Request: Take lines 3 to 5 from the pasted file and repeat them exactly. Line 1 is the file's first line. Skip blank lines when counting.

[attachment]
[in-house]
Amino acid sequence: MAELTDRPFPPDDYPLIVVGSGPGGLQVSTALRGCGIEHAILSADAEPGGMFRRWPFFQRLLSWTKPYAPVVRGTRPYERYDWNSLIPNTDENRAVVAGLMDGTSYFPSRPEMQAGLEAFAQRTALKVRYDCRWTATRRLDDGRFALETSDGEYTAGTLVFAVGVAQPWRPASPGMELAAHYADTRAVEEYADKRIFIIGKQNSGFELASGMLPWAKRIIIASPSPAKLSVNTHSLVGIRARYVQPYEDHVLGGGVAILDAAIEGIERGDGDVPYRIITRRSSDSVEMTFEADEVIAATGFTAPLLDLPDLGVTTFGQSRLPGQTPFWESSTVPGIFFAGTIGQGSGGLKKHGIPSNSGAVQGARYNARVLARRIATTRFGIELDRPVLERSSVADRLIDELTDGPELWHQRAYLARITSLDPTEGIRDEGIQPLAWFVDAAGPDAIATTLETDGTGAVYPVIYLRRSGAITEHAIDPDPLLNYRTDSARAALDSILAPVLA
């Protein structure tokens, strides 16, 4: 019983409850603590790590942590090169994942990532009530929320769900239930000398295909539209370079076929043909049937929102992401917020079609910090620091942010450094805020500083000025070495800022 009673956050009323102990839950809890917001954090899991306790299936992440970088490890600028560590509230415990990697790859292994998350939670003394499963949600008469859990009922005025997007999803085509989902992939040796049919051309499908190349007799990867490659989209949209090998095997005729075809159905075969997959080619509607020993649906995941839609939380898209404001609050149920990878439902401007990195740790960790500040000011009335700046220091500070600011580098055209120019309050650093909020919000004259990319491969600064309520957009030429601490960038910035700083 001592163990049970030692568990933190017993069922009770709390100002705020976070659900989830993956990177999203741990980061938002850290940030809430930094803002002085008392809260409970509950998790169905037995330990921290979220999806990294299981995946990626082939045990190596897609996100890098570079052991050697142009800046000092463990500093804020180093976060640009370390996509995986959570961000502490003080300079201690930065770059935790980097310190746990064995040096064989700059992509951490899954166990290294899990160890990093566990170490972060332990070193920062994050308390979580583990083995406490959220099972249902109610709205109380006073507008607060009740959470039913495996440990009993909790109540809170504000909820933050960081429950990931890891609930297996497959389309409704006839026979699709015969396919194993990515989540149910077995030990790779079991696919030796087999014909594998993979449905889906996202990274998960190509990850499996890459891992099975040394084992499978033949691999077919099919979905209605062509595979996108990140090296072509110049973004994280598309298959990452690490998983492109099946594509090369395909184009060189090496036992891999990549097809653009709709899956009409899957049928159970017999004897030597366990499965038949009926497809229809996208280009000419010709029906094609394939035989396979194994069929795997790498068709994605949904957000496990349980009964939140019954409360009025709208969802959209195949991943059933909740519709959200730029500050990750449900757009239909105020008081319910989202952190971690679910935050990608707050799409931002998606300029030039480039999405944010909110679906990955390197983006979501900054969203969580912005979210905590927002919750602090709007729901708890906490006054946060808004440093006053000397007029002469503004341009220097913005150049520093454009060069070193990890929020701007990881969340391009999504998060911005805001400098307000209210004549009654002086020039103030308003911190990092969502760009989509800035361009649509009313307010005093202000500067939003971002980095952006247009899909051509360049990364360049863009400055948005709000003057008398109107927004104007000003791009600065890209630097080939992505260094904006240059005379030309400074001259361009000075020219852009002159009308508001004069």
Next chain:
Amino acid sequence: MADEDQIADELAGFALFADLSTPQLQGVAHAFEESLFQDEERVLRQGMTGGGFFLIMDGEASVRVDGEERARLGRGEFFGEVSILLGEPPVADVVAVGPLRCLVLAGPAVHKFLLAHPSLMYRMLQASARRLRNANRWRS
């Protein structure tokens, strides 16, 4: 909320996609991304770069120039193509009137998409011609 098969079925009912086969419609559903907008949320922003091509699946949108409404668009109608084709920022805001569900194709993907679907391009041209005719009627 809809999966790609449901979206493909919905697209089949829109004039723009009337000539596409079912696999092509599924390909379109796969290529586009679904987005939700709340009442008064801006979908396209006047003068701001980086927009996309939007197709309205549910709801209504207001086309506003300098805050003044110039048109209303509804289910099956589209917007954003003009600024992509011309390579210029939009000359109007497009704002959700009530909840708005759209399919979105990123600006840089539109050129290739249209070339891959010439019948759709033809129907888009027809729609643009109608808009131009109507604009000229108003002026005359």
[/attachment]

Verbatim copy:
């Protein structure tokens, strides 16, 4: 019983409850603590790590942590090169994942990532009530929320769900239930000398295909539209370079076929043909049937929102992401917020079609910090620091942010450094805020500083000025070495800022 009673956050009323102990839950809890917001954090899991306790299936992440970088490890600028560590509230415990990697790859292994998350939670003394499963949600008469859990009922005025997007999803085509989902992939040796049919051309499908190349007799990867490659989209949209090998095997005729075809159905075969997959080619509607020993649906995941839609939380898209404001609050149920990878439902401007990195740790960790500040000011009335700046220091500070600011580098055209120019309050650093909020919000004259990319491969600064309520957009030429601490960038910035700083 001592163990049970030692568990933190017993069922009770709390100002705020976070659900989830993956990177999203741990980061938002850290940030809430930094803002002085008392809260409970509950998790169905037995330990921290979220999806990294299981995946990626082939045990190596897609996100890098570079052991050697142009800046000092463990500093804020180093976060640009370390996509995986959570961000502490003080300079201690930065770059935790980097310190746990064995040096064989700059992509951490899954166990290294899990160890990093566990170490972060332990070193920062994050308390979580583990083995406490959220099972249902109610709205109380006073507008607060009740959470039913495996440990009993909790109540809170504000909820933050960081429950990931890891609930297996497959389309409704006839026979699709015969396919194993990515989540149910077995030990790779079991696919030796087999014909594998993979449905889906996202990274998960190509990850499996890459891992099975040394084992499978033949691999077919099919979905209605062509595979996108990140090296072509110049973004994280598309298959990452690490998983492109099946594509090369395909184009060189090496036992891999990549097809653009709709899956009409899957049928159970017999004897030597366990499965038949009926497809229809996208280009000419010709029906094609394939035989396979194994069929795997790498068709994605949904957000496990349980009964939140019954409360009025709208969802959209195949991943059933909740519709959200730029500050990750449900757009239909105020008081319910989202952190971690679910935050990608707050799409931002998606300029030039480039999405944010909110679906990955390197983006979501900054969203969580912005979210905590927002919750602090709007729901708890906490006054946060808004440093006053000397007029002469503004341009220097913005150049520093454009060069070193990890929020701007990881969340391009999504998060911005805001400098307000209210004549009654002086020039103030308003911190990092969502760009989509800035361009649509009313307010005093202000500067939003971002980095952006247009899909051509360049990364360049863009400055948005709000003057008398109107927004104007000003791009600065890209630097080939992505260094904006240059005379030309400074001259361009000075020219852009002159009308508001004069």
Next chain:
Amino acid sequence: MADEDQIADELAGFALFADLSTPQLQGVAHAFEESLFQDEERVLRQGMTGGGFFLIMDGEASVRVDGEERARLGRGEFFGEVSILLGEPPVADVVAVGPLRCLVLAGPAVHKFLLAHPSLMYRMLQASARRLRNANRWRS